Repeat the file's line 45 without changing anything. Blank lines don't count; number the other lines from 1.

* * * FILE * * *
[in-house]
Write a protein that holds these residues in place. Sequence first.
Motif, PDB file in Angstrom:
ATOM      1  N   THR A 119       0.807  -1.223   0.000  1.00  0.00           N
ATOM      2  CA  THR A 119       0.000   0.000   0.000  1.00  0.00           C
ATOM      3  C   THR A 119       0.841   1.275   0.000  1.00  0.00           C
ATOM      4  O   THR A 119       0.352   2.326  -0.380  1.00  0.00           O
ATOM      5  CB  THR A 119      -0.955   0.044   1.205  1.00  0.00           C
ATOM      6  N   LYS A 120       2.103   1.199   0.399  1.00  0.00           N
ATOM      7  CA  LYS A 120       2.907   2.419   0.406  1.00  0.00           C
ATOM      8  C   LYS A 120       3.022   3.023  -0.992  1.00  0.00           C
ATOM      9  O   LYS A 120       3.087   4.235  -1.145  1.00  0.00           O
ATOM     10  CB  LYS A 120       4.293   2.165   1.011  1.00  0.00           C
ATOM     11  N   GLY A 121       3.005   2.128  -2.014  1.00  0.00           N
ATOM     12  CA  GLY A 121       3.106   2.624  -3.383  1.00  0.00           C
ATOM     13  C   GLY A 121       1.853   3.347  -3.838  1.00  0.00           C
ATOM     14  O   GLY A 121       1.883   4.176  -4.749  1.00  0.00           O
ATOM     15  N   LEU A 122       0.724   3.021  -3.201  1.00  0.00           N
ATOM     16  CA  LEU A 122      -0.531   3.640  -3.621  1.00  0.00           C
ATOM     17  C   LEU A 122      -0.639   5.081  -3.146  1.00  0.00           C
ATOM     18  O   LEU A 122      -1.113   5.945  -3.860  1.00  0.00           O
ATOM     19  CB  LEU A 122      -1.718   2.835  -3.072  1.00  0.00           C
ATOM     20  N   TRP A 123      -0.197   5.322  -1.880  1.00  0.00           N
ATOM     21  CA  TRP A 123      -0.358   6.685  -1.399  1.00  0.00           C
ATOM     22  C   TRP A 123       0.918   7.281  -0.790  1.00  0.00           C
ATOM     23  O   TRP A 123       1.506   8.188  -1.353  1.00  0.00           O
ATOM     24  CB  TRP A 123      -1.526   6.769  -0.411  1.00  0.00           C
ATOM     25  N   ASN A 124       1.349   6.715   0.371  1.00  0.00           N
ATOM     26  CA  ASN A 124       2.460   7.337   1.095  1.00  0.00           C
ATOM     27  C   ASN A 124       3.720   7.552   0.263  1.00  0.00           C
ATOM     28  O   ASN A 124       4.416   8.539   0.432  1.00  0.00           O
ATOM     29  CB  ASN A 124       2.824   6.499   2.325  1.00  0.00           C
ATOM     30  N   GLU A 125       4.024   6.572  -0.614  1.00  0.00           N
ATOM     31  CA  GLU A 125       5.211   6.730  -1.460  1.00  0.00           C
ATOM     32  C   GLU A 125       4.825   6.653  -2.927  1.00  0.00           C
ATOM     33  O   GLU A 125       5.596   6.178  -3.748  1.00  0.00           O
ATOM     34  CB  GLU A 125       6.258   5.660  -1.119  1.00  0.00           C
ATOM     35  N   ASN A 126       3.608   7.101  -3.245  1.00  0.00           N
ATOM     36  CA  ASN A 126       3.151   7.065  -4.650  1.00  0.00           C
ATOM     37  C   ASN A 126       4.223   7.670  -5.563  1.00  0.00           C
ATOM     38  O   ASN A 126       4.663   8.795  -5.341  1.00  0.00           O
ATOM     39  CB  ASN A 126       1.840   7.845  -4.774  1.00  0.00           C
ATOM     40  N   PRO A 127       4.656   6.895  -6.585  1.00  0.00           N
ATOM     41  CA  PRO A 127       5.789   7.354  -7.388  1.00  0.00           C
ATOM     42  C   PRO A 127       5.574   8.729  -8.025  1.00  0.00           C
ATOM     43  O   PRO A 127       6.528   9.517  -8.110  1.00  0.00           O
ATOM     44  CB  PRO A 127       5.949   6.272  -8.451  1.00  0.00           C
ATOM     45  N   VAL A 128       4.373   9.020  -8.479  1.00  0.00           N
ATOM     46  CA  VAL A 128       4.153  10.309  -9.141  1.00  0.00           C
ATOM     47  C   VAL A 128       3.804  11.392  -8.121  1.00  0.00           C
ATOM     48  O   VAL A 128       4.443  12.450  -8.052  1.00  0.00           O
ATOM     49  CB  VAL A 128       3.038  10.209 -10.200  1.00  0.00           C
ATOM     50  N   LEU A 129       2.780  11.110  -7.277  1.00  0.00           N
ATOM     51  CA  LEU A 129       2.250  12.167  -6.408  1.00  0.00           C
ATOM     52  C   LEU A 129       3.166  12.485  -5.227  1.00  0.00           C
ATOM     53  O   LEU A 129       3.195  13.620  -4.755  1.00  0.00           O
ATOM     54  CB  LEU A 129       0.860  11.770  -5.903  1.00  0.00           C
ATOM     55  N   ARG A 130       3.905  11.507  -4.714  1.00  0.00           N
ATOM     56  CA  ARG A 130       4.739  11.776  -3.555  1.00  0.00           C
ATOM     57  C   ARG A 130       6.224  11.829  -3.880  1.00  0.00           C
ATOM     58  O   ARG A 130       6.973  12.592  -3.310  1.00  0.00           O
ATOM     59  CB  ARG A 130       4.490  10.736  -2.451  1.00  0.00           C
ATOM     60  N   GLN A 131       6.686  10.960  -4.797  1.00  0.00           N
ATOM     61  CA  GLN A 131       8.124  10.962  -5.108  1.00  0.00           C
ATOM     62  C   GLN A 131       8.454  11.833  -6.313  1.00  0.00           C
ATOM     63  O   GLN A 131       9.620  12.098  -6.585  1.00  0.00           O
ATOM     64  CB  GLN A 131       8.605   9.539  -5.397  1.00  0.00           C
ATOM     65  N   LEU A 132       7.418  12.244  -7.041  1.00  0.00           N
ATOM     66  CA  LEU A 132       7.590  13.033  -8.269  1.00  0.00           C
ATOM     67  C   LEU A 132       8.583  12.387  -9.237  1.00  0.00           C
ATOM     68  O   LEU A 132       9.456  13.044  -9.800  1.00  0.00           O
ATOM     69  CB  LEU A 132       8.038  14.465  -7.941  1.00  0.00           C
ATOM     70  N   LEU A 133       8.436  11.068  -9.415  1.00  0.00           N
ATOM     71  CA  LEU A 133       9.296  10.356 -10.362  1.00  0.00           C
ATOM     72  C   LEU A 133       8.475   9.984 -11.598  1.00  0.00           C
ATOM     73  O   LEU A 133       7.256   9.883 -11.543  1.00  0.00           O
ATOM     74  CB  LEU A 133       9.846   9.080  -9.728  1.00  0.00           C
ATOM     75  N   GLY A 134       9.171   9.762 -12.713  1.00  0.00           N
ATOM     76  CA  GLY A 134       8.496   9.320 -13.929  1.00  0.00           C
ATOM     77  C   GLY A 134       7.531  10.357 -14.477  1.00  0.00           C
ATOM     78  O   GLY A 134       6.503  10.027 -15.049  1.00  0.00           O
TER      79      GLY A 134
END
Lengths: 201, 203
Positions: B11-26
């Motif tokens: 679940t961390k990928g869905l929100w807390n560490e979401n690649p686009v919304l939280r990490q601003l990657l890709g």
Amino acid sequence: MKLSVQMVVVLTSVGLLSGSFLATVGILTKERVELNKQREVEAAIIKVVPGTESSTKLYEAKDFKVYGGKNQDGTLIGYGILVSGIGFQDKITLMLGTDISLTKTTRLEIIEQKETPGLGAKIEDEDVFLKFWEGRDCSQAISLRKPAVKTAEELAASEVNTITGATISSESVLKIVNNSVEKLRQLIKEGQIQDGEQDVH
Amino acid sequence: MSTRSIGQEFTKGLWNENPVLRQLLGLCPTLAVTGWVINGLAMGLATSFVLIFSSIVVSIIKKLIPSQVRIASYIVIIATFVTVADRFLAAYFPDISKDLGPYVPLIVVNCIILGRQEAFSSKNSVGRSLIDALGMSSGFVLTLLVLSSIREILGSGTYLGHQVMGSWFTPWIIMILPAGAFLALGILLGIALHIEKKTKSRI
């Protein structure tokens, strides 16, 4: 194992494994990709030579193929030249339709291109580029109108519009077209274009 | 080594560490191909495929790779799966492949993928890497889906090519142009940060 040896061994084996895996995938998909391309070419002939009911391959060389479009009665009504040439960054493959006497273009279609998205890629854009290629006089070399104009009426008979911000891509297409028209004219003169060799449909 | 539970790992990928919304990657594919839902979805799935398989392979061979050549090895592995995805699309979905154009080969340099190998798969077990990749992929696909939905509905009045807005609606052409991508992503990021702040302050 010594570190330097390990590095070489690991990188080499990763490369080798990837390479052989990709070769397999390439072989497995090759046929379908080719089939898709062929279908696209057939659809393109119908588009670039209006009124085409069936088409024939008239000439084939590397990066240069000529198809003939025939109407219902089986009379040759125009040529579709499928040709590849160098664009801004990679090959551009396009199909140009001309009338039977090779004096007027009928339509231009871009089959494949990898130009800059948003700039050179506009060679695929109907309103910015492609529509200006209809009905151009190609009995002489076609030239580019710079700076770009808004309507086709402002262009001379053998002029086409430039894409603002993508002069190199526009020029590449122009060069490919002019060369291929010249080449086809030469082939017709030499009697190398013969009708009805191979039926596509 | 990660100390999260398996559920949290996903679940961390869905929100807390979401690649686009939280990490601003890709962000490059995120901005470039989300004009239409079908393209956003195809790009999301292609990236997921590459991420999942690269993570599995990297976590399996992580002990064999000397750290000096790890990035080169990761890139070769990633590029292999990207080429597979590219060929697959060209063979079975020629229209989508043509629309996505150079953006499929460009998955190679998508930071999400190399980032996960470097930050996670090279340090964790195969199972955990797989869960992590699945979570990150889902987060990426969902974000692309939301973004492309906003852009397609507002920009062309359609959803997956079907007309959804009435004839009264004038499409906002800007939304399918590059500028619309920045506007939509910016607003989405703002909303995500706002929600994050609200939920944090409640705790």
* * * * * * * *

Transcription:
ATOM     42  C   PRO A 127       5.574   8.729  -8.025  1.00  0.00           C